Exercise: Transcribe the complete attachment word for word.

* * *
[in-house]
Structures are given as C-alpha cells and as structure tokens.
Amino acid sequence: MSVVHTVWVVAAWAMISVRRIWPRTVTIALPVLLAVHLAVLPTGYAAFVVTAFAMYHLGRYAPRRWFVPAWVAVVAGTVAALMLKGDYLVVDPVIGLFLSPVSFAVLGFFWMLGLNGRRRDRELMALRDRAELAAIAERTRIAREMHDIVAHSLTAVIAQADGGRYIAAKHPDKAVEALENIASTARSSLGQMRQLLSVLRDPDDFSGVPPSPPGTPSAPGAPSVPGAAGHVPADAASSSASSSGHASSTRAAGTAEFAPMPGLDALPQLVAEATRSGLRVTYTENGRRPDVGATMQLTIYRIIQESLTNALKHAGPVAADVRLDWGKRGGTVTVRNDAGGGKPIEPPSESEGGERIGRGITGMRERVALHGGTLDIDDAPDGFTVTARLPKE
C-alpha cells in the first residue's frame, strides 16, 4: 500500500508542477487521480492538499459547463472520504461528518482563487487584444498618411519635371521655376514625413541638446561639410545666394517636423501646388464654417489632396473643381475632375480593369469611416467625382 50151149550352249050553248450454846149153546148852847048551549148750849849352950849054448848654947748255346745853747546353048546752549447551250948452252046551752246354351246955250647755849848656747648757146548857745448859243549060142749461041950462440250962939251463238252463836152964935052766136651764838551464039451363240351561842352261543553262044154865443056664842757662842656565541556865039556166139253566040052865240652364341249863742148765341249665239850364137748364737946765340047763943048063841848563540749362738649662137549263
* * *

[in-house]
Structures are given as C-alpha cells and as structure tokens.
Amino acid sequence: MSVVHTVWVVAAWAMISVRRIWPRTVTIALPVLLAVHLAVLPTGYAAFVVTAFAMYHLGRYAPRRWFVPAWVAVVAGTVAALMLKGDYLVVDPVIGLFLSPVSFAVLGFFWMLGLNGRRRDRELMALRDRAELAAIAERTRIAREMHDIVAHSLTAVIAQADGGRYIAAKHPDKAVEALENIASTARSSLGQMRQLLSVLRDPDDFSGVPPSPPGTPSAPGAPSVPGAAGHVPADAASSSASSSGHASSTRAAGTAEFAPMPGLDALPQLVAEATRSGLRVTYTENGRRPDVGATMQLTIYRIIQESLTNALKHAGPVAADVRLDWGKRGGTVTVRNDAGGGKPIEPPSESEGGERIGRGITGMRERVALHGGTLDIDDAPDGFTVTARLPKE
C-alpha cells in the first residue's frame, strides 16, 4: 500500500508542477487521480492538499459547463472520504461528518482563487487584444498618411519635371521655376514625413541638446561639410545666394517636423501646388464654417489632396473643381475632375480593369469611416467625382 50151149550352249050553248450454846149153546148852847048551549148750849849352950849054448848654947748255346745853747546353048546752549447551250948452252046551752246354351246955250647755849848656747648757146548857745448859243549060142749461041950462440250962939251463238252463836152964935052766136651764838551464039451363240351561842352261543553262044154865443056664842757662842656565541556865039556166139253566040052865240652364341249863742148765341249665239850364137748364737946765340047763943048063841848563540749362738649662137549263